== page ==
PLAY IT AGAIN, STEPHEN: Writer Metcalfe stages new production in La Jolla

If you attend the La Jolla Theatre Ensemble’s production of “The Lightbulb” on Dec. 10 or 11 at the La Jolla Community Center, it won’t be your first exposure to writer Stephen Metcalfe. The La Jolla resident also penned the production-draft scripts for — in case you don’t know, get ready not to believe this — “Mr. Holland’s Opus” and, oh yeah, “Pretty Woman.”

The Internet Movie Database lists Metcalfe under “script revisions, uncredited” for the former film, but contains no mention of the 1990 blockbuster that catapulted Julia Roberts to fame. Metcalfe will get into why later. Right now, he’s discussing “The Lightbulb,” which he describes as a “dystopian drawing-room comedy” in which the hosts of a dinner party try keeping up appearances while the apocalypse rages outside their dilapidated mansion.

“They talk about how magnificent the sunset is and they wonder what’s causing it,” Metcalfe says. “Is it the nuclear mishap in New Zealand? The radiation overload in Russia? All these horrible, horrible things have happened.”

And then, Metcalfe reports, “the unexpected guests arrive. They’re all armed, by the way.

Metcalfe discusses his apocalyptic vision in surroundings that couldn’t be any more non-apocalyptic. Birdsong fills his Upper Hermosa backyard, as bees and butterflies flit about the flowers behind him.

“It’s satire,” he says of the play, “because anybody in their right mind would not be behaving and talking the way these people do. Yet it’s satire that gets serious — in a positive way.”

Metcalfe says he wrote a first draft “I don’t know how many years ago,” but it was only in the last two years that it started taking specific shape.

“I started hearing the voices in terms of global warming and refugees and melting Antarctica,” he says. “All of a sudden, it just seemed so oh-my-gosh.”

The play’s his thing

Most of Metcalfe’s past decade was spent fiction-writing. His first novel, “The Tragic Age,” was published by St. Martin’s Press in 2014. (“The Practical Navigator” followed in 2016.)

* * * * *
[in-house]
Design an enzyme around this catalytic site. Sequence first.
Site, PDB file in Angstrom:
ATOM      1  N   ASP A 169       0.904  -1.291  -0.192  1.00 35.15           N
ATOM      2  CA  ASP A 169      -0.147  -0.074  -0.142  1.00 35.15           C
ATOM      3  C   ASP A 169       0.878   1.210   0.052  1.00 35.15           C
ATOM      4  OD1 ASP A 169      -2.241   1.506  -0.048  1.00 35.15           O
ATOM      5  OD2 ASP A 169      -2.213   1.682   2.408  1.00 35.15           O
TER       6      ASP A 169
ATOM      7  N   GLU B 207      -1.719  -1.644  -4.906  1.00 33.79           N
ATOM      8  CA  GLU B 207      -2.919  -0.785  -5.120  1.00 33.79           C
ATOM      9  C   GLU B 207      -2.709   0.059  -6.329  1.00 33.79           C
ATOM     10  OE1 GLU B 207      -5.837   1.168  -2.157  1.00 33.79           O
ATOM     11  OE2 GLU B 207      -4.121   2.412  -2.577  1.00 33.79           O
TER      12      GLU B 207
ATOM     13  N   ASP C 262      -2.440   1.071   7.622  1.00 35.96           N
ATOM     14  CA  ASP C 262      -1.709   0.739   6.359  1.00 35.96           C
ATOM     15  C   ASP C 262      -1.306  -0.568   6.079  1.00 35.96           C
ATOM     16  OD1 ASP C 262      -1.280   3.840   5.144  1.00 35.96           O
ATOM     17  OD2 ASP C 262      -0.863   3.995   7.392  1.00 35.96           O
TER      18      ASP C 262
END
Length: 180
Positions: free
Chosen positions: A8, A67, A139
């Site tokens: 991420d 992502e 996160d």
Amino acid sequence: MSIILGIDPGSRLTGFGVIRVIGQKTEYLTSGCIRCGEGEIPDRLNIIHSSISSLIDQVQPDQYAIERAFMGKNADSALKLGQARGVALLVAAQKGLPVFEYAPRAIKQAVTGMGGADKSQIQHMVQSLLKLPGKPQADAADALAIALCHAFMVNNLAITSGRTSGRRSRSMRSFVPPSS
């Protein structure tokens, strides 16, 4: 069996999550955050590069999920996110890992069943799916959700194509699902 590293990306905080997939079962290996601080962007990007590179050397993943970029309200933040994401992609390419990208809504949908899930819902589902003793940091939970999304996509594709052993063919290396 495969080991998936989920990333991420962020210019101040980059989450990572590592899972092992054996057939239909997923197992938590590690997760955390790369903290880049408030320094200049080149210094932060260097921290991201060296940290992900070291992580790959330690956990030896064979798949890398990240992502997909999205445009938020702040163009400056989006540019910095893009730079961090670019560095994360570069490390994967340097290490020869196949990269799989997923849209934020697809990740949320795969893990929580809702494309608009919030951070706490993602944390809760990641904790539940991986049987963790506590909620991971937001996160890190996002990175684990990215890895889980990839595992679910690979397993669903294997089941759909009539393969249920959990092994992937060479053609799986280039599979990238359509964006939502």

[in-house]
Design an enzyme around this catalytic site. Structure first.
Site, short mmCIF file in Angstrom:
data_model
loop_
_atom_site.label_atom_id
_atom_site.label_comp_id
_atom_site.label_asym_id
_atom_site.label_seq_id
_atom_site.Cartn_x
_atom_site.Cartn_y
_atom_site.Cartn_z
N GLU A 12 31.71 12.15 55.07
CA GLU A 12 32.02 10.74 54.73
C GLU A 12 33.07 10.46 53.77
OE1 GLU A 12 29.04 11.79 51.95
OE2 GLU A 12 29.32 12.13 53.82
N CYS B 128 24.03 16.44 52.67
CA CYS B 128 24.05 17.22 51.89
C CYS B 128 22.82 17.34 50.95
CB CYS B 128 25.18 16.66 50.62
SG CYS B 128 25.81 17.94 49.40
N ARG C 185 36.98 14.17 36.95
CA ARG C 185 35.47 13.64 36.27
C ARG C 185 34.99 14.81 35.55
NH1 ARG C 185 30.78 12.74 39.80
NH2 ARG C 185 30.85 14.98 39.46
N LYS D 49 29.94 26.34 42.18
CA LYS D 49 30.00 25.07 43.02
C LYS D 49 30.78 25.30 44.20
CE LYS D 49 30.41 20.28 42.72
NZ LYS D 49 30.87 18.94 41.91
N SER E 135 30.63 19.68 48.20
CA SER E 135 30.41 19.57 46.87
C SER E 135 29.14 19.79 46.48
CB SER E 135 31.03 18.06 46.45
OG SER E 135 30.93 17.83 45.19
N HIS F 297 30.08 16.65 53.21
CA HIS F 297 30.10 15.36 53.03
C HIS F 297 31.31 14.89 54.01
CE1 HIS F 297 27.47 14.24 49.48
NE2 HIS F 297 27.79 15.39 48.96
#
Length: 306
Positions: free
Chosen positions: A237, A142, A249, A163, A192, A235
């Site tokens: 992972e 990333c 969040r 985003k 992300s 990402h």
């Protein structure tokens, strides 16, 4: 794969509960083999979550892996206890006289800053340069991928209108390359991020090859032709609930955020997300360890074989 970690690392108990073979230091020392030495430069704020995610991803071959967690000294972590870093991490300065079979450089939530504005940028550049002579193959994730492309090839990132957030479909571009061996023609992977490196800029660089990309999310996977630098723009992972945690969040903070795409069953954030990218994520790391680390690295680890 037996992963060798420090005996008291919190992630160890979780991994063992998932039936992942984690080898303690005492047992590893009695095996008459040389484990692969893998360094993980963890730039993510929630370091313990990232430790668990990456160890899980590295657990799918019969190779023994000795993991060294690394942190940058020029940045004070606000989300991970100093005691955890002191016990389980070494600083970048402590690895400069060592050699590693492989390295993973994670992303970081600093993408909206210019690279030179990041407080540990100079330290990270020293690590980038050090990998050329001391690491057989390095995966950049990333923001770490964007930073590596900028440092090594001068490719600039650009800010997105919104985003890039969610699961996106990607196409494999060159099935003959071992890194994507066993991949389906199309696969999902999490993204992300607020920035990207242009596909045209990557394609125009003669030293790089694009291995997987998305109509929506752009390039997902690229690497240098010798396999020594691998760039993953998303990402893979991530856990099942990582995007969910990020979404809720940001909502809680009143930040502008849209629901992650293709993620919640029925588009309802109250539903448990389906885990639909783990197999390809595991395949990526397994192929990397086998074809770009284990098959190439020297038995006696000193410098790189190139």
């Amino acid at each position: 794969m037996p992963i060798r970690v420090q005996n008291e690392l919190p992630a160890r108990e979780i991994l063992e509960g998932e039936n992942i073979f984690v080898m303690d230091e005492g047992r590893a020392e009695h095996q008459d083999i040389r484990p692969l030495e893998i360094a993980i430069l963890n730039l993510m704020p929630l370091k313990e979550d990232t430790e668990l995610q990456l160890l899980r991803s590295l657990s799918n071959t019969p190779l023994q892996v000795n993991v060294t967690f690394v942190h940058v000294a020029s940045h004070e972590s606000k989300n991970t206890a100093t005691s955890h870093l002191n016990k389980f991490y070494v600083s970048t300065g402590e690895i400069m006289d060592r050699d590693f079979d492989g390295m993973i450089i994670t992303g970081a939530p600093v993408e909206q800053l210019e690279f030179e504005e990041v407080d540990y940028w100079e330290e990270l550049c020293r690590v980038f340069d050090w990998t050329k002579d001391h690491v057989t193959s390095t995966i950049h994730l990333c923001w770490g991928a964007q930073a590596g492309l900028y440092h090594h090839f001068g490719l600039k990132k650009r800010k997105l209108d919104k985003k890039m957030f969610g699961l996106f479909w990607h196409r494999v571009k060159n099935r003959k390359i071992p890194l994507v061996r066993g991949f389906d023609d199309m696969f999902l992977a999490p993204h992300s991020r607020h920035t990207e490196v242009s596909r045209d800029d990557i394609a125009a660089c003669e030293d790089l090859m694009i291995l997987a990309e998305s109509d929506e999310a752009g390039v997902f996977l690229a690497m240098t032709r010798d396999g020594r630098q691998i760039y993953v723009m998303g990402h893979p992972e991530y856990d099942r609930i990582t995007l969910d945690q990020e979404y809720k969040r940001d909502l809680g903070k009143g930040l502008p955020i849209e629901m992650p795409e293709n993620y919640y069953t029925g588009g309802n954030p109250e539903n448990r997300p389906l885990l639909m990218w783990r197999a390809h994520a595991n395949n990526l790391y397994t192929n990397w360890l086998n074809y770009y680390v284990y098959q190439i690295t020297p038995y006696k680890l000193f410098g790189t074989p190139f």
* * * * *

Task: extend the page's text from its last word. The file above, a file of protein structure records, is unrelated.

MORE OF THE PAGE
“But when I have time, I always focus on these plays,” Metcalfe says, “so to get a reading of this has me focused on the theater again, which it’s really fun.”

According to Metcalfe, he begins every play he writes with its penultimate moment.

“It’s always been the case that the crisis, the climax, of a play is the first thing I see,” he says. “I don’t know why that is, but it’s kind of nice, because I have seen so many writers who don’t know how to finish their work.”

La Jolla Theatre Ensemble co-founder John Tessmer reports that “The Lightbulb’s” cast is just about locked in and will include Dave Florek, Leigh Akin, Todd Blakesley, Mark Anthony Flynn, Gailee Walker Wells and La Jollan Geoffrey Graeme.

“Stephen has been wonderful to work with — very personable, supportive, open and collaborative,” Tessmer says. “I look forward to working with him in the next couple weeks, as we get the staged reading performance up and ready.”

After a fast tally in his head, Metcalfe guesses “The Lightbulb” to be his 14th play. His first few, staged off-Broadway by the Manhattan Theater Club, included 1982’s “Strange Snow,” which became the 1989 movie “Jacknife” starring Robert De Niro. In 1985, Jack O’Brien, artistic director of The Old Globe in Balboa Park, staged Metcalfe’s “Emily.” He followed that up with more Metcalfe: 1988’s “White Linen,” 1990’s “White Man Dancing,” 1995’s “Pilgrims,” and 2004’s “Loves & Hours.”